Video: Tex Avery's Television of Tomorrow (1953)

Cartoon genius Tex Avery produced this short in 1953, showing off TVs for smokers, water drinkers, and those afflicted by airplanes overhead. The integration of real footage with the cartoon is fantastic. (I love that the fishing set was actually replicated by SEGA in the '90s in an arcade game, complete with working reel.) [via io9]
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21 Responses to Video: Tex Avery's Television of Tomorrow (1953)

  1. LSK says:

    This is quite a clever short. I love the rapid pace of increasing absurdities; that’s something you don’t see anymore except in Mad, a magazine that stays true to its heritage.

  2. Lester says:

    Avery also made “Television of Tomorrow” too:

    “These new bumpers were built with pedestrians in mind…just let ‘em try and get away.
    …This same model has glass bottom, so that you when you hit a pedestrian, you can look down and see if he was a friend of yours…”

  3. justONEguy says:

    A television for people who drink water. Hilarious.

  4. JDspeeder1 says:

    Don’t forget the Farm of Tomorrow:

    Genetic engineering gone mad!!!!!

  5. Sorcerer Mickey says:

    I love the Paul Frees narration!

  6. dunnright says:

    TV of tomorrow, Car of tomorrow, House of tomorrow…
    All great! And I think each had at least one Mother-In-Law joke.

  7. dunnright says:

    TV of tomorrow, Car of tomorrow, House of tomorrow…
    All great! And I think each had at least one Mother-In-Law joke.

  8. Anonymous says:

    The house of tomorrow will be built around the computer

  9. Anonymous says:

    The shooting of the bossy friend in the head at close range kinda wigged me out. But I’ve always loved the scoring of those old cartoons, and this one was typically clever. Very, very cool overall.

  10. Ryan Waddell says:

    I *swear* I saw that cartoon as a kid in the 80’s. I distinctly remember the “variety of programming” joke. Man, Tex Avery is awesome.

    • Joel Johnson says:

      I remember it as a kid from the ’80s, too. They ran a lot of Tex Avery to fill in slots between Captain Power and The Snorkels.

  11. chus3r says:

    In 55 years since this was done we still can’t find anything to watch on TV. We have the one simple control TV, it’s all buried in the menus. Did you notice the many of the sets were widescreen?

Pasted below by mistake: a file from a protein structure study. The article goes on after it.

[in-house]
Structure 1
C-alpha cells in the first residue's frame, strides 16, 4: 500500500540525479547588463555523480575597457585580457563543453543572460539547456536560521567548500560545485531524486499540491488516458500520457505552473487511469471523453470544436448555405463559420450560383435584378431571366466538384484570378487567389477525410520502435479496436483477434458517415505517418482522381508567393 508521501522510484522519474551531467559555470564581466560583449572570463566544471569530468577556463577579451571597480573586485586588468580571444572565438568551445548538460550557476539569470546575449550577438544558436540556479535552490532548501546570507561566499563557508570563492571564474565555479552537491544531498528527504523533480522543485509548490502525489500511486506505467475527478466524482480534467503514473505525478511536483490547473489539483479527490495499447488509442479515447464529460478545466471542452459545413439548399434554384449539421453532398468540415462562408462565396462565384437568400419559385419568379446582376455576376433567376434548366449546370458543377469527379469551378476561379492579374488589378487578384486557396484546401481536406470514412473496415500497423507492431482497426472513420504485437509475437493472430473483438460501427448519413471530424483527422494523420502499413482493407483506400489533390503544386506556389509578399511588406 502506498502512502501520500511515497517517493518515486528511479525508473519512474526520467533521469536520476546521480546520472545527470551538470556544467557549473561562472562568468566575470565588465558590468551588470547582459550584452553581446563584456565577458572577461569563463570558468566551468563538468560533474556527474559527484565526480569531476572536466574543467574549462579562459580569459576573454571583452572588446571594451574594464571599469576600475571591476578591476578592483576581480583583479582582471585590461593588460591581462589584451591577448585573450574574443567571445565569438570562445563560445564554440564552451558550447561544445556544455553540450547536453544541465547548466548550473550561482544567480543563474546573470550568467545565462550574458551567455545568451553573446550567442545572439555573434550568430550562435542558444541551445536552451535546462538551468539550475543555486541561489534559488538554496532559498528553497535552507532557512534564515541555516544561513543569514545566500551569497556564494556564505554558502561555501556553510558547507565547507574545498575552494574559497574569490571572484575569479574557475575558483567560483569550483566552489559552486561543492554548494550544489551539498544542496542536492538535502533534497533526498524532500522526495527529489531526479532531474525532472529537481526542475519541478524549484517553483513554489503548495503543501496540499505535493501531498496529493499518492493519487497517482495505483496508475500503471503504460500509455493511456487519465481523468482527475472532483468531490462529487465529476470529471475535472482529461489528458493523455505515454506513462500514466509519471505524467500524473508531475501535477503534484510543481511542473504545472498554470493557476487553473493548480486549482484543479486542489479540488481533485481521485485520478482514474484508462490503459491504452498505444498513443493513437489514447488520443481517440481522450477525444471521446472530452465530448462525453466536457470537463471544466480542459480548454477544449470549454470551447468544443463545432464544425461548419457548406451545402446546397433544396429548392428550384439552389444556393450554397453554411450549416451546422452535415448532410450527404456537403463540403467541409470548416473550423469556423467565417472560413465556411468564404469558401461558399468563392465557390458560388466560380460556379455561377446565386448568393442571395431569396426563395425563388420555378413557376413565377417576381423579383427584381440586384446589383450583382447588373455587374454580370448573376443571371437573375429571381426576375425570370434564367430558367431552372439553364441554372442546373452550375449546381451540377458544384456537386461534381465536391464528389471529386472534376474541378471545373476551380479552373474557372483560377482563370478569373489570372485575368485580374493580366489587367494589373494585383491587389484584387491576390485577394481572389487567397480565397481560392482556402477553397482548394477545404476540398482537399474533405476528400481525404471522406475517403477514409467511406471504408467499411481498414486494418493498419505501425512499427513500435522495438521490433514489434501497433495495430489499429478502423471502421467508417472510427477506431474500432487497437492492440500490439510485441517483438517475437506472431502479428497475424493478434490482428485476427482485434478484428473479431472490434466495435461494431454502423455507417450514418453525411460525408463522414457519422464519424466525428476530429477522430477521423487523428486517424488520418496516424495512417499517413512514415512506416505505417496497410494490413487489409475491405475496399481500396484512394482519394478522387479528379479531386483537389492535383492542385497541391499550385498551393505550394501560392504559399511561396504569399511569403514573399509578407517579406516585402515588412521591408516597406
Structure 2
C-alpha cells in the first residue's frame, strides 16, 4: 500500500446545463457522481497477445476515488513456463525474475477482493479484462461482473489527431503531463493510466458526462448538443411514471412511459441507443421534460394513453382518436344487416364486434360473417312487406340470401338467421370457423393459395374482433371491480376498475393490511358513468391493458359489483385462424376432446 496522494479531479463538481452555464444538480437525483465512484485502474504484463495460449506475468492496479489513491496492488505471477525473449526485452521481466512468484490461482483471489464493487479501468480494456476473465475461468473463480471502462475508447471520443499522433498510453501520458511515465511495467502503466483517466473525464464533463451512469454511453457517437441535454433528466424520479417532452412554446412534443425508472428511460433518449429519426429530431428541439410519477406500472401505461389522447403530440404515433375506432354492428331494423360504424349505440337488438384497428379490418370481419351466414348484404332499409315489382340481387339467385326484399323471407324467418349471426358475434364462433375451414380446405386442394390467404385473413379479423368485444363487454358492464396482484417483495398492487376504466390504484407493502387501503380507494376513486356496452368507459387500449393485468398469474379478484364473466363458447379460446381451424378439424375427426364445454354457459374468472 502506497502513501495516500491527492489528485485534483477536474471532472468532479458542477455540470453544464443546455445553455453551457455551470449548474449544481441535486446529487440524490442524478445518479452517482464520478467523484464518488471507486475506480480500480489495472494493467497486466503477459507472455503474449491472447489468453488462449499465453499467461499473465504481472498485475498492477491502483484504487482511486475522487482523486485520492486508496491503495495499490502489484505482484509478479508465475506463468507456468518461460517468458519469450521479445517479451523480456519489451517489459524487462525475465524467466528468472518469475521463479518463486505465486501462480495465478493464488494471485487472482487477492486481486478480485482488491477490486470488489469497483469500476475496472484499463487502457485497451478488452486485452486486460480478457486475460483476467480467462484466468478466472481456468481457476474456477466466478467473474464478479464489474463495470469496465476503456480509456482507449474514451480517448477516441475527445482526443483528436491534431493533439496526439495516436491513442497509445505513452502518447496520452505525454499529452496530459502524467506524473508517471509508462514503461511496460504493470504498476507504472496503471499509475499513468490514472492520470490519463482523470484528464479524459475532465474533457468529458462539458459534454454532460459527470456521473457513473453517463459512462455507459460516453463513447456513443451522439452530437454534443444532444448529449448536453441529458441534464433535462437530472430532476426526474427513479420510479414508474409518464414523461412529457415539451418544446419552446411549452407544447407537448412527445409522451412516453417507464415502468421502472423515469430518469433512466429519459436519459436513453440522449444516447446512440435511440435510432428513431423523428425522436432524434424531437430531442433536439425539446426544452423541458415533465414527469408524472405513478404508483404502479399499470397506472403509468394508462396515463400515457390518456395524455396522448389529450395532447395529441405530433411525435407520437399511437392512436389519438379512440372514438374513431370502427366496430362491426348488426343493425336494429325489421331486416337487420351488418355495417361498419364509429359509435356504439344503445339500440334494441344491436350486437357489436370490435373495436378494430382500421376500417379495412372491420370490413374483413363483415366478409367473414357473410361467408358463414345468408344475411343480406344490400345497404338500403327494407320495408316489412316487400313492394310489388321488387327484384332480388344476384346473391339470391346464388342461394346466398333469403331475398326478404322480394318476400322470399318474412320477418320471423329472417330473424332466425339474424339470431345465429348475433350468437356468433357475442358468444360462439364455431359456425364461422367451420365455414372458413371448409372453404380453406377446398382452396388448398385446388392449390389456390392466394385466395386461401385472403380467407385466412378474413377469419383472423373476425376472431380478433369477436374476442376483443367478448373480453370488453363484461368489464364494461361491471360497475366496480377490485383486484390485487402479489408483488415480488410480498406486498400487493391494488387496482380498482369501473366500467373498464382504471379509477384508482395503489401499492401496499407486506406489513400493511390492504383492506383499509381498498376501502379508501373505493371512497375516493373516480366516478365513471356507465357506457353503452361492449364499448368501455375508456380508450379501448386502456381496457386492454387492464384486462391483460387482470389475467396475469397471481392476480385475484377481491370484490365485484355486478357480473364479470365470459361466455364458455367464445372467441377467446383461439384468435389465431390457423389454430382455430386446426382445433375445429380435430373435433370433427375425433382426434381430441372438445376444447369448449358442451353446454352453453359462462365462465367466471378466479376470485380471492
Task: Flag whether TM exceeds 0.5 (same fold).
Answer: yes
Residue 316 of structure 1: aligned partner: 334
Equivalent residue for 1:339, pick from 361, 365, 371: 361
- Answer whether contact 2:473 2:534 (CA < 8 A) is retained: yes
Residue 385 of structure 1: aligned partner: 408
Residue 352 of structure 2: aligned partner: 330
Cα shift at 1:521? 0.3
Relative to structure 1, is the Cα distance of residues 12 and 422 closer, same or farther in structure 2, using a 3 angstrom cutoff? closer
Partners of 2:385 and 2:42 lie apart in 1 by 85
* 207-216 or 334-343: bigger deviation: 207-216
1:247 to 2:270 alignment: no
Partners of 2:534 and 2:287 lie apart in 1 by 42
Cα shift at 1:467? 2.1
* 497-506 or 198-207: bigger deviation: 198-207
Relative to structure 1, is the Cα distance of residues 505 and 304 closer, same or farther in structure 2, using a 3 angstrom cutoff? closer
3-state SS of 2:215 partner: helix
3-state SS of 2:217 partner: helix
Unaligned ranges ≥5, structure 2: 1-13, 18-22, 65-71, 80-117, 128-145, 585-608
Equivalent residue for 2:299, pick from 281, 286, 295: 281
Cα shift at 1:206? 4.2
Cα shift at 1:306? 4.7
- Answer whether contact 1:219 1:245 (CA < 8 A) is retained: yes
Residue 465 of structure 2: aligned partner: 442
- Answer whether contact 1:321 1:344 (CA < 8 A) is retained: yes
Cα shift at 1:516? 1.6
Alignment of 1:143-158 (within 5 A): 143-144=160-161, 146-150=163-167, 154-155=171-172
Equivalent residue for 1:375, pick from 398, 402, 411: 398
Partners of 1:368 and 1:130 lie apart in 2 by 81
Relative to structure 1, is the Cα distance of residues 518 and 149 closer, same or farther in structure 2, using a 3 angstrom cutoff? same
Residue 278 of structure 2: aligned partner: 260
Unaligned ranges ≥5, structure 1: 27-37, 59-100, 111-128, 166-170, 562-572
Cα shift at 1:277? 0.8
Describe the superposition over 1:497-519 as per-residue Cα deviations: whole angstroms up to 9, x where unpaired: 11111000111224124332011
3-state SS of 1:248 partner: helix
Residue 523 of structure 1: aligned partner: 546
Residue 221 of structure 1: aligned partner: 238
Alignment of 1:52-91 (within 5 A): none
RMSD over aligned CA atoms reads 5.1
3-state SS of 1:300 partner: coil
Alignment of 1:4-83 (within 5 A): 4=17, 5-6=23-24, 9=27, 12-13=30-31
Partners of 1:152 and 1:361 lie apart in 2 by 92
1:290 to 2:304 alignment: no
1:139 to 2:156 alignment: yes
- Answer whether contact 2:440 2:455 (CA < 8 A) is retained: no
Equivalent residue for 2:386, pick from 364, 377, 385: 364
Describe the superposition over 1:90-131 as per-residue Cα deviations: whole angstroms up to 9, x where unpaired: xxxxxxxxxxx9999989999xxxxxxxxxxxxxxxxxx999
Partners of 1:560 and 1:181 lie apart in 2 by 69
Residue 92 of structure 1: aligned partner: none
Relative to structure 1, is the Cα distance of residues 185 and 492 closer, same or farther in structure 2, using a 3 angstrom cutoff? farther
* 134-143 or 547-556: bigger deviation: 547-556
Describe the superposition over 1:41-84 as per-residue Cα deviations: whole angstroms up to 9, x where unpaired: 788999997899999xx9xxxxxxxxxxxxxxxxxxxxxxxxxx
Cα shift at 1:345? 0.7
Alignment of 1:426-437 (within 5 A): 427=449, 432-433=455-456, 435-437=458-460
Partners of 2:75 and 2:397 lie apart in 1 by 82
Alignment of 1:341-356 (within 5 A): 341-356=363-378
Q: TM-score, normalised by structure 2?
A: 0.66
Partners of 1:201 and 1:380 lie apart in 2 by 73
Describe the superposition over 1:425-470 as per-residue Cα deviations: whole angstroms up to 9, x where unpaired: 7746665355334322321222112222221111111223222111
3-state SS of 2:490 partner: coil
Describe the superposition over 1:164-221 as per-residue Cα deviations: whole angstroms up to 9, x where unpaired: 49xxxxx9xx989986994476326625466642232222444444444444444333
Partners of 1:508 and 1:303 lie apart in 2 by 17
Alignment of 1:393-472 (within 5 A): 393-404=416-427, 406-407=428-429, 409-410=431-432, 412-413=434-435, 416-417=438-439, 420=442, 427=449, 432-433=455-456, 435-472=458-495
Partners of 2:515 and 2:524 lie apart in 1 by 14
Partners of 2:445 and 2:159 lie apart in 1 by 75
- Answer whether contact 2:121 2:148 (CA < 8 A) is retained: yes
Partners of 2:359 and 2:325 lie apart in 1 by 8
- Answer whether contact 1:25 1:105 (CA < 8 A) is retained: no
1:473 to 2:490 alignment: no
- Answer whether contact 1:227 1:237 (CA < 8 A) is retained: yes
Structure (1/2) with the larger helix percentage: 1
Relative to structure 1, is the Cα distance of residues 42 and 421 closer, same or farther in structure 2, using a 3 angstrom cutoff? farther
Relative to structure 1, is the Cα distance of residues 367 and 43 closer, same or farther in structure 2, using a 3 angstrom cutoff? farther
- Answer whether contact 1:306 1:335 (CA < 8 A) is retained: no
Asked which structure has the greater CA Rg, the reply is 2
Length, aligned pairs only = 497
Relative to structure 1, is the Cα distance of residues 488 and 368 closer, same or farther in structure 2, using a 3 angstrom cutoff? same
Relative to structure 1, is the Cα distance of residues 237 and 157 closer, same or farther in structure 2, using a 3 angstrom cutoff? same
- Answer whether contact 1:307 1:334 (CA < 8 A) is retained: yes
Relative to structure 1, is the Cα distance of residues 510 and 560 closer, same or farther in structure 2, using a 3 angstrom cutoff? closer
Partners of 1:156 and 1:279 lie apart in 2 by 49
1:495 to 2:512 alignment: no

Also interesting is that content was custom to the user. That the user would be in such control of the content that the delivery mechanism was customized. Tex is a bit of a visionary. Great find, hadn’t seen this in years!

  12. misterchinaski says:

    that one tv had boobs!!

  13. starcadia says:

    I also remember seeing this two or three times as a kid. It’s even more awesome as an adult. Well, okay, it’s a different type of awesome now.

  14. Daemon says:

    I actually remember this one from when i was a kid. Now that I think about it, there was an awfull lot of “home of tomorrow” type cartoons.

  15. beefandbones says:

    I think Paul Westerberg goes to that same barber.

  16. Anonymous says:

    In 1953, they knew business peoples will play Wii and PS3 in their offices, and that Casinos will loose the classical one-handed bandits for video-poker… Couldn’t quite predict the computer implementation, but that’s IBM’s CEO fault to predict in approximately that year that there is a world market for probably 5 computers, though. ;-)

  17. TheFool says:

    “The home of tomorrow will be *built around* the TV set…”

    100% true, sadly.

  18. Lester says:

    I’d forgotten the House of Tomorrow, thanks…

  19. teflon says:

    Funny how nearly every mocking example has come true in some form or another.

  20. krylon says:

    @ Sorcerer Monkey:

    Why Mr. Frees’ voice was so familiar was driving me nuts, until IMDB revealed that it’s the same voice as the ghost host in Disneyworld’s haunted mansion!!!

    That would have driven me nuts for weeks!

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